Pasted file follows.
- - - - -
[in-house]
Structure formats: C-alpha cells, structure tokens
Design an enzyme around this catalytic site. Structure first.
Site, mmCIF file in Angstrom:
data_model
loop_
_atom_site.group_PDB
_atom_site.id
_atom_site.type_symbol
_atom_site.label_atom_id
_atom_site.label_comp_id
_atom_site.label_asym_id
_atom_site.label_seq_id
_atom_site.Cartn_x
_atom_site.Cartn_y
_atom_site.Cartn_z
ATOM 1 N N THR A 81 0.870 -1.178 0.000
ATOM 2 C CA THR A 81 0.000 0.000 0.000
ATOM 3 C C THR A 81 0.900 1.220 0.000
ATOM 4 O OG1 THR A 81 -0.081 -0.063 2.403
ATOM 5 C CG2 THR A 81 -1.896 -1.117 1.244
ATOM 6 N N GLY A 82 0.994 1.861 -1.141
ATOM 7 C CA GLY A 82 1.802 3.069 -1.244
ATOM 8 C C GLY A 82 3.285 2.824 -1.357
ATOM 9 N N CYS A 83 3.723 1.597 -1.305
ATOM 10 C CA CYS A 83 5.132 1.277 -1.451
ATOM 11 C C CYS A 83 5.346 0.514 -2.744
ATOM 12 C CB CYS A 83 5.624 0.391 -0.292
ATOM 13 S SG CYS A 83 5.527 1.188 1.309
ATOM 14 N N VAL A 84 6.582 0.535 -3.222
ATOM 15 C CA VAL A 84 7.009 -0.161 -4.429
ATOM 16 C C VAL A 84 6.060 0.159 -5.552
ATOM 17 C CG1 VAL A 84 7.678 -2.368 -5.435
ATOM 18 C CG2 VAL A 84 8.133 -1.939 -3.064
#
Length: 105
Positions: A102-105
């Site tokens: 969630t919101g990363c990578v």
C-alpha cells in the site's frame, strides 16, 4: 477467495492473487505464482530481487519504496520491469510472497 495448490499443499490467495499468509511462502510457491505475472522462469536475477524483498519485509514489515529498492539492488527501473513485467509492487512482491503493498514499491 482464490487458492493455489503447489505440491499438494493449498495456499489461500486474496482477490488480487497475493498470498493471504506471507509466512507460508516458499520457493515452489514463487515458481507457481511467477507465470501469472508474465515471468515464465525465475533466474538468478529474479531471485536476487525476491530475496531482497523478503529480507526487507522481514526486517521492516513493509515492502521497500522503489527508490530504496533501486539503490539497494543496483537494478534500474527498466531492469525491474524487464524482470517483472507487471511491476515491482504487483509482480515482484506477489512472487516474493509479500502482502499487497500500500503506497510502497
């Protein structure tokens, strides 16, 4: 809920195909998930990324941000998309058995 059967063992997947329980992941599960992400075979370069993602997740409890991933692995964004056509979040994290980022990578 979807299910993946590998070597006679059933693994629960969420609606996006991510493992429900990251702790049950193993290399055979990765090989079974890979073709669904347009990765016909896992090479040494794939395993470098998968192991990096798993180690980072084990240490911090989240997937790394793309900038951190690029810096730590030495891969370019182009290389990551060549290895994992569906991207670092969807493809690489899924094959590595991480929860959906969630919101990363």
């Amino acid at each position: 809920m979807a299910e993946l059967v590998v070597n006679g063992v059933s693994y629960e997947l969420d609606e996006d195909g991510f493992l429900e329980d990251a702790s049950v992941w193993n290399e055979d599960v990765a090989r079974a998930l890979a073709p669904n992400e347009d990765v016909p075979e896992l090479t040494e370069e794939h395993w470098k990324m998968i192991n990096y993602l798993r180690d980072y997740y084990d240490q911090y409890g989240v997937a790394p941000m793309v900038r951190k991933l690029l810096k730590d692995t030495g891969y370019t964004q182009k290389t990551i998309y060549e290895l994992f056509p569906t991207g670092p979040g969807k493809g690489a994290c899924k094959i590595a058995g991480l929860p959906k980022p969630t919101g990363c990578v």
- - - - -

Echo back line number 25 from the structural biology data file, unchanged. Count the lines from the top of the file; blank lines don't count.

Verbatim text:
ATOM 9 N N CYS A 83 3.723 1.597 -1.305